level at the output of the amplifier. In this way, the equalizing

process will take into account line loss, equalizer loss, and

amplifier gain characteristic.

b. Circuit. An amplitude-frequency equalizer circuit (fig. 4-2) contains

two-basic circuits; one is for low-frequency, and the second is for high-

frequency equalization. The balance between the two circuits in the adjustment

process takes care of the frequencies which lie between the two limits; these

are called midfrequencies.

Figure 4-2.

Amplitude-frequency equalizer, simplified schematic diagram.

(1) Essentially, the equalizer circuit consists of a series-tuned

circuit (secondary winding of transformer A and capacitor C1) that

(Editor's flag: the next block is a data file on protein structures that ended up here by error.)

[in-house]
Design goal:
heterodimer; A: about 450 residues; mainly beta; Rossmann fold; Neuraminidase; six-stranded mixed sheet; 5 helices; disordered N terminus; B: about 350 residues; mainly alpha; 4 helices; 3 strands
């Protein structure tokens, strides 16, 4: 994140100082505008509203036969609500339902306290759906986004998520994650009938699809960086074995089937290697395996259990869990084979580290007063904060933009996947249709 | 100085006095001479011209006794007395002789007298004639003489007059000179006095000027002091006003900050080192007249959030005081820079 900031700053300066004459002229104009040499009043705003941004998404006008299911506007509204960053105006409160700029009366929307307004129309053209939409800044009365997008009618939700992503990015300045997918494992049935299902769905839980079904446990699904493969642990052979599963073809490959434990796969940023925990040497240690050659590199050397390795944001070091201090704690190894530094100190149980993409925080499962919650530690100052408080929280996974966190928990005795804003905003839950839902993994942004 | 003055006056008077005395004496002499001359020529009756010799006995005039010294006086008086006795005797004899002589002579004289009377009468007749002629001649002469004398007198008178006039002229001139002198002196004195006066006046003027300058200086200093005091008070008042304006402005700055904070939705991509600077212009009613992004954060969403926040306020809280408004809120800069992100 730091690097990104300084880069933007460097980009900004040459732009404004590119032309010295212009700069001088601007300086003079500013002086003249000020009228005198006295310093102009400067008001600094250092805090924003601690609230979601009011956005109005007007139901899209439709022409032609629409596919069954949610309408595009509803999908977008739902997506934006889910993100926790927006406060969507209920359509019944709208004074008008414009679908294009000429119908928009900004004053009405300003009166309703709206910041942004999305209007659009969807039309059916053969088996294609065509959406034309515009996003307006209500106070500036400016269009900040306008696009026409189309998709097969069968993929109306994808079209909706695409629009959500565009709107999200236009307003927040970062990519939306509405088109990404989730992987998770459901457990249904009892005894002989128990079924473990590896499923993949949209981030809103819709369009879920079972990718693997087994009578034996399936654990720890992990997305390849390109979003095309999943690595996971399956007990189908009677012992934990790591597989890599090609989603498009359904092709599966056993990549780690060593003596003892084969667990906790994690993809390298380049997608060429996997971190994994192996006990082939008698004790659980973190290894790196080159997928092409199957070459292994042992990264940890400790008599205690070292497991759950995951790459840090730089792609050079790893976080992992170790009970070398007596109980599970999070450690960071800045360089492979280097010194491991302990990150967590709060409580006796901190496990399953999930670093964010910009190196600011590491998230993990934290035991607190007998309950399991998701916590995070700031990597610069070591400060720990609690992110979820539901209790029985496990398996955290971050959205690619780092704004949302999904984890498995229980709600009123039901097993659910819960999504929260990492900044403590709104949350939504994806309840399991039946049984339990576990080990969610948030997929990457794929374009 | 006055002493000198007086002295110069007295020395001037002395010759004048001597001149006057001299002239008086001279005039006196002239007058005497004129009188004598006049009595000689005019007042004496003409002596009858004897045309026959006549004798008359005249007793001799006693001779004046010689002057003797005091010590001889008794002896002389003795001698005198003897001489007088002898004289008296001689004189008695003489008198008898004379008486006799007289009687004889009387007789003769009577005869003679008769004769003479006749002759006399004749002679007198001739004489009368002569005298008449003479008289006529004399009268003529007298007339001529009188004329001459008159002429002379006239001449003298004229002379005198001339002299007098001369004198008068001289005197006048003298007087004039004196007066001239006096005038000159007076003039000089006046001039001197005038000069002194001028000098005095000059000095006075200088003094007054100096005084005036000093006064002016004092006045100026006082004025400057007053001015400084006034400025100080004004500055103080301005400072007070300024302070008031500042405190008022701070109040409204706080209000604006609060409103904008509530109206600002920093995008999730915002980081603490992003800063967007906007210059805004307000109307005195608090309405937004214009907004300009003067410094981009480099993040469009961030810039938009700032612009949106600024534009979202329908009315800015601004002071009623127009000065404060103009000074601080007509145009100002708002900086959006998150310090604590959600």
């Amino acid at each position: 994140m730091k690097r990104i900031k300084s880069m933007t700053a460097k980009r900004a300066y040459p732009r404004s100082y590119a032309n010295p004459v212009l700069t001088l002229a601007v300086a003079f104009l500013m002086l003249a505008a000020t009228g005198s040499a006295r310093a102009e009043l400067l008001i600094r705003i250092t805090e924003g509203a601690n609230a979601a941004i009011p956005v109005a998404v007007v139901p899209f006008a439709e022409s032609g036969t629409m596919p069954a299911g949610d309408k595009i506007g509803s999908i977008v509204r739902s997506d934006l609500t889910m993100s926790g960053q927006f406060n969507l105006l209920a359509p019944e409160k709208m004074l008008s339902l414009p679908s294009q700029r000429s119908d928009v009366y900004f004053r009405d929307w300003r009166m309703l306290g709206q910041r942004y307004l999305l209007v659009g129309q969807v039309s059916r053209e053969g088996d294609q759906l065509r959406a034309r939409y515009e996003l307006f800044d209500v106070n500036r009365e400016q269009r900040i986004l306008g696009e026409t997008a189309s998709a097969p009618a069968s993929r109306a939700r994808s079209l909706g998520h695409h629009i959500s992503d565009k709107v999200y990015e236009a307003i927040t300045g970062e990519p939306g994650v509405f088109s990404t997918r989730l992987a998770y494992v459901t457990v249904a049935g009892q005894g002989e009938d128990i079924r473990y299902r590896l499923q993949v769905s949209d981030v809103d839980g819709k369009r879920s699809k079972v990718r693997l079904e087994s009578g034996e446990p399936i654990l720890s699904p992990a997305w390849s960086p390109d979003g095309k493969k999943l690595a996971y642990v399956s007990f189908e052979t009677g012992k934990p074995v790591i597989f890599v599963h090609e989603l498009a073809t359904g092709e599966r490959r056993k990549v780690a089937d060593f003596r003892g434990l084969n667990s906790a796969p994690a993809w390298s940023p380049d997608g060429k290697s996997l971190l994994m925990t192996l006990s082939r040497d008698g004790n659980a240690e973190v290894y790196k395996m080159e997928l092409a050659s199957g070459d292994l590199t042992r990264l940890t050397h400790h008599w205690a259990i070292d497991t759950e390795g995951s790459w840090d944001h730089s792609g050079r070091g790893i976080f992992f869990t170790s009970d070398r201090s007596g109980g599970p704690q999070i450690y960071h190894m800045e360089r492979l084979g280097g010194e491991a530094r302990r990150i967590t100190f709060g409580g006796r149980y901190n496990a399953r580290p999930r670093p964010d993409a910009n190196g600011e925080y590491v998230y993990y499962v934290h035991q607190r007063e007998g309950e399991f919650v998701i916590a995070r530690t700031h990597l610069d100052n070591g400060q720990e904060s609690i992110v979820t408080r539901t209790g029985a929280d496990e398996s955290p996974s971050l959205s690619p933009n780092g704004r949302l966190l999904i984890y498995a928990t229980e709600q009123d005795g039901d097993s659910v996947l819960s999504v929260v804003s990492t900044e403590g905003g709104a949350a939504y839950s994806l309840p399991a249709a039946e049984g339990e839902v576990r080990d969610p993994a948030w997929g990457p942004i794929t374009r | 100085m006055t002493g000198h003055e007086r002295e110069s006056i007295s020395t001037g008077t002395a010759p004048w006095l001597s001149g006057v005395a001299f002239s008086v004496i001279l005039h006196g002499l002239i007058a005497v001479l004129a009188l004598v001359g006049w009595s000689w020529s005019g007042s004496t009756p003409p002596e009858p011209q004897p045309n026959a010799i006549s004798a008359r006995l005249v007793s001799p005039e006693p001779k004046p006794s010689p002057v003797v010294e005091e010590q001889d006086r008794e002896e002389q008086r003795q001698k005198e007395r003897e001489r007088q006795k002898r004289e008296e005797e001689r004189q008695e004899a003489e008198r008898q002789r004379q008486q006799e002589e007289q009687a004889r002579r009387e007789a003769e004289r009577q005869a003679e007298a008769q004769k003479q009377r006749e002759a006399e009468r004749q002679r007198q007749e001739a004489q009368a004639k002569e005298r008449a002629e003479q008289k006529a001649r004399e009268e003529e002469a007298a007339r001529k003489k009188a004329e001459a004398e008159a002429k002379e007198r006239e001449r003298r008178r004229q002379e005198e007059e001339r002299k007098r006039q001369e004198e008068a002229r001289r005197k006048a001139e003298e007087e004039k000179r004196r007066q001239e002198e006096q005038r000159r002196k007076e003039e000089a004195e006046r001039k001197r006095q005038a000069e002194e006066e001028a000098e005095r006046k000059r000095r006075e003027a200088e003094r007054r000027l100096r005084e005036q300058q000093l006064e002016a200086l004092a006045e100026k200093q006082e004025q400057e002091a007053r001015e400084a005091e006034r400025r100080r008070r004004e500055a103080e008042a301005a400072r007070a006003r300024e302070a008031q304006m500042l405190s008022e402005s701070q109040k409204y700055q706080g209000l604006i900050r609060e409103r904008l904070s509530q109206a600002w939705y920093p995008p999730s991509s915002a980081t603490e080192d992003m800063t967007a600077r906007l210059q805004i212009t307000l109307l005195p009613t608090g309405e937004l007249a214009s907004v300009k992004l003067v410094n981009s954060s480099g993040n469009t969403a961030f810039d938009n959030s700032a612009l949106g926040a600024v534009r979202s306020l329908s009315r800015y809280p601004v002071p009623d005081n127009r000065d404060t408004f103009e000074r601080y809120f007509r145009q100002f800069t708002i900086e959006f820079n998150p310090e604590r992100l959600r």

can be tuned to some frequency below the lowest line frequency. The

series-tuned circuit has little effect on the higher frequencies.

Resistor R1 adjusts the circuit Q, thus broadening the response as

needed.

Further, the low impedance of the tuned circuit near

resonance tends to pass the low frequencies more readily than high

frequencies, thus causing greater loss (dissipation) in resistors R1

and R2.

(2) A parallel-tuned circuit consisting of L1 and C2 is adjusted to

resonate at some frequency above the highest line frequency.

The

tuned circuit will therefore present highest impedance at the top

frequencies, but has little effect at the low frequencies. Resistor

R2 serves to lower the Q to the degree necessary to broaden the

response curve. The overlap of the broadened curves of both tuned

circuits determines the loss at midfrequencies.

(3) The combination of all adjustable elements in the equalizer produces

a variable-loss bandpass filter having cutoff frequencies below the

lowest frequency passed and above the highest frequency passed.